East Rochester resident Harald Dygert had the entrepreneurial spirit. At various times in his hundred years of life, he was a movie theater owner, homebuilder and developer, nursing home operator and apartment house manager. He was responsible for the building of the Forest Hills and Sherwood Tracts on the south side of the village.
At 17, Dygert began showing motion pictures in a small room on the second floor of a store in the village. His ambition impressed local businessman Harry Eyer, who put up the money in 1919 for a 1200 seat theater with a balcony, calling it the Rialto. It was in the early days of movies and theaters were springing up across the land. In the silent movie days before 1926. Mrs. Harloff, mother of Mark Harloff, founder of the funeral home bearing the Harloff name, played the piano and large pipe organ in the orchestra pit. Business was great, and in a few years the banker was repaid and Dygert had spread his movie operation into several small towns in western New York. Later, he leased them to Meyer Shine to form a major part of the early Shine theater circuit.
In 1956, Dygert retired from the movie theater business and leased the theater to former Columbus Youth Association director Jim Russell. The Rialto, long in the hands of a theater chain, once more became a hometown theater. Russell as a young man worked at the theater as an usher, stating that he had never wanted anything as much as to run a theater. Now his dreams had become true. Under Russell’s management, it became a family operation. His mother was theater box office manager and his father worked in the projection booth. Sister Shirley was helping at the candy counter and brother Stanley was ushering the folks to their seats.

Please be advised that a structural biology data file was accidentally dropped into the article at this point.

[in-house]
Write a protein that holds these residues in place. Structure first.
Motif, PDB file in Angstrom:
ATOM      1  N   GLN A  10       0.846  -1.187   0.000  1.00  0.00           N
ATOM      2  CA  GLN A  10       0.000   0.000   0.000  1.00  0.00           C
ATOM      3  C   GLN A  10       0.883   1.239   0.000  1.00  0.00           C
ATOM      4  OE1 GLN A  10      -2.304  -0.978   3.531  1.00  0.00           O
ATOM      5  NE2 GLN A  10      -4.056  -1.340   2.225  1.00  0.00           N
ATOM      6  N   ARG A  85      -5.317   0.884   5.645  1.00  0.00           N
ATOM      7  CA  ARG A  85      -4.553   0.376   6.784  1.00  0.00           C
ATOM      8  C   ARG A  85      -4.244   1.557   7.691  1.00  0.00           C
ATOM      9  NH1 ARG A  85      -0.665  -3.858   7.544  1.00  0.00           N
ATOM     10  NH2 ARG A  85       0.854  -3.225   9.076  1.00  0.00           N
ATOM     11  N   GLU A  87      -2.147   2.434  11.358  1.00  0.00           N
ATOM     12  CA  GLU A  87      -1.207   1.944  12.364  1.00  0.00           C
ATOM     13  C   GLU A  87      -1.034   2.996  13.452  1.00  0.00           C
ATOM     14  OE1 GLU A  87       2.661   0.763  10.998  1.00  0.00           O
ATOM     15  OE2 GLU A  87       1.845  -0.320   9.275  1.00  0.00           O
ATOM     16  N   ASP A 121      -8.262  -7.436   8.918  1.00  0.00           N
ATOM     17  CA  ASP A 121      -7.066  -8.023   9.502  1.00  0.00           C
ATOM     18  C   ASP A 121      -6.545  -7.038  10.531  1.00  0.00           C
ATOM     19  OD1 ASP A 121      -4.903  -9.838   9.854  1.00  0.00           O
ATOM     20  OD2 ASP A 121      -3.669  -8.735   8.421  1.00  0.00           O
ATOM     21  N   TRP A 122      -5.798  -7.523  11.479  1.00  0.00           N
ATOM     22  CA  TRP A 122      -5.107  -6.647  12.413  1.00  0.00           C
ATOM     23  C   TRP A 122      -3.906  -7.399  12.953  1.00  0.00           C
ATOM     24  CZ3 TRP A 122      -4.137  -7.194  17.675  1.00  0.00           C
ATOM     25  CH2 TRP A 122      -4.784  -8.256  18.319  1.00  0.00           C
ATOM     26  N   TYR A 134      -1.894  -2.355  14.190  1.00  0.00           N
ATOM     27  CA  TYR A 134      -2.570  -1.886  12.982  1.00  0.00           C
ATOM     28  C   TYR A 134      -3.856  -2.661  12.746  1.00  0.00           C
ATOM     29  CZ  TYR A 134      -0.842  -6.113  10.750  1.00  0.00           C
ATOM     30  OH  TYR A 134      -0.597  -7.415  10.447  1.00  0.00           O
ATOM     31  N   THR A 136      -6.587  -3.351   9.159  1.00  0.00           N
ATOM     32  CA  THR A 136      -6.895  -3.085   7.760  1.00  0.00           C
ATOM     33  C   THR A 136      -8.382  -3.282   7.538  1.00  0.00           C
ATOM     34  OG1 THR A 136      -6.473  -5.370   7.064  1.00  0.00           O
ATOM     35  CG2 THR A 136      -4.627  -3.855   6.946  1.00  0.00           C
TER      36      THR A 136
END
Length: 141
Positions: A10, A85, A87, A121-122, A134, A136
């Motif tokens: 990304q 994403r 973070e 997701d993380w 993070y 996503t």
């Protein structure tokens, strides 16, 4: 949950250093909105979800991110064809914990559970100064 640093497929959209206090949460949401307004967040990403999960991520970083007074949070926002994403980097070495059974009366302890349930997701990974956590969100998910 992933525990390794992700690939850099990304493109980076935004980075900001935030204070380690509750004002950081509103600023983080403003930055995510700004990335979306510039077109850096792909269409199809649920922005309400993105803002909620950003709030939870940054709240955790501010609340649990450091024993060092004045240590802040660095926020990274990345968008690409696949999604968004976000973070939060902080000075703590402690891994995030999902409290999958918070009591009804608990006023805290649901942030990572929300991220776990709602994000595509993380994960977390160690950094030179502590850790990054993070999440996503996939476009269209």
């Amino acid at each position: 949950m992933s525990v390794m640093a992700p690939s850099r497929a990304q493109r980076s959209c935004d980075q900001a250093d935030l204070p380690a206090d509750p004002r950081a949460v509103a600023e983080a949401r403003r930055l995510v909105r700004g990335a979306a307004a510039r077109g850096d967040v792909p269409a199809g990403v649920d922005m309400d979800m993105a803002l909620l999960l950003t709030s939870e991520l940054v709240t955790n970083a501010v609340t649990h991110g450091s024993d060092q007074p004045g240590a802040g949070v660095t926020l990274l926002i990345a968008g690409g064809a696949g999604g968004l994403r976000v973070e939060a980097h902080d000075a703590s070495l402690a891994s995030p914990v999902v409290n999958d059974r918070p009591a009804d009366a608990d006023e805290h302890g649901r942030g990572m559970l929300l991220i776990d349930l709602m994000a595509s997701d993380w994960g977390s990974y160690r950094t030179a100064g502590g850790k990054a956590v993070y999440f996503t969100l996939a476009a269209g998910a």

Unfortunately, with the onset of television, the theater business declined rapidly. and despite the remodeling and renaming the theater to the “Capri”, Dygert finally had to close in 1966. He then remodeled the building into apartments. He also bought the land occupied by a Dairy Queen ice cream stand on the corner of East Avenue and Main Street, planning to build another apartment house. However, a local bank suggested that he build a nursing home for some clients who were interested in running one. Upon completing the Parkside Manor Nursing Home in 1973 he was informed that the clients had lost their financing, so he ran the nursing home himself until selling it to The Home Leasing Corporation 1982. So ends the story of the largest movie theater between Rochester and Syracuse.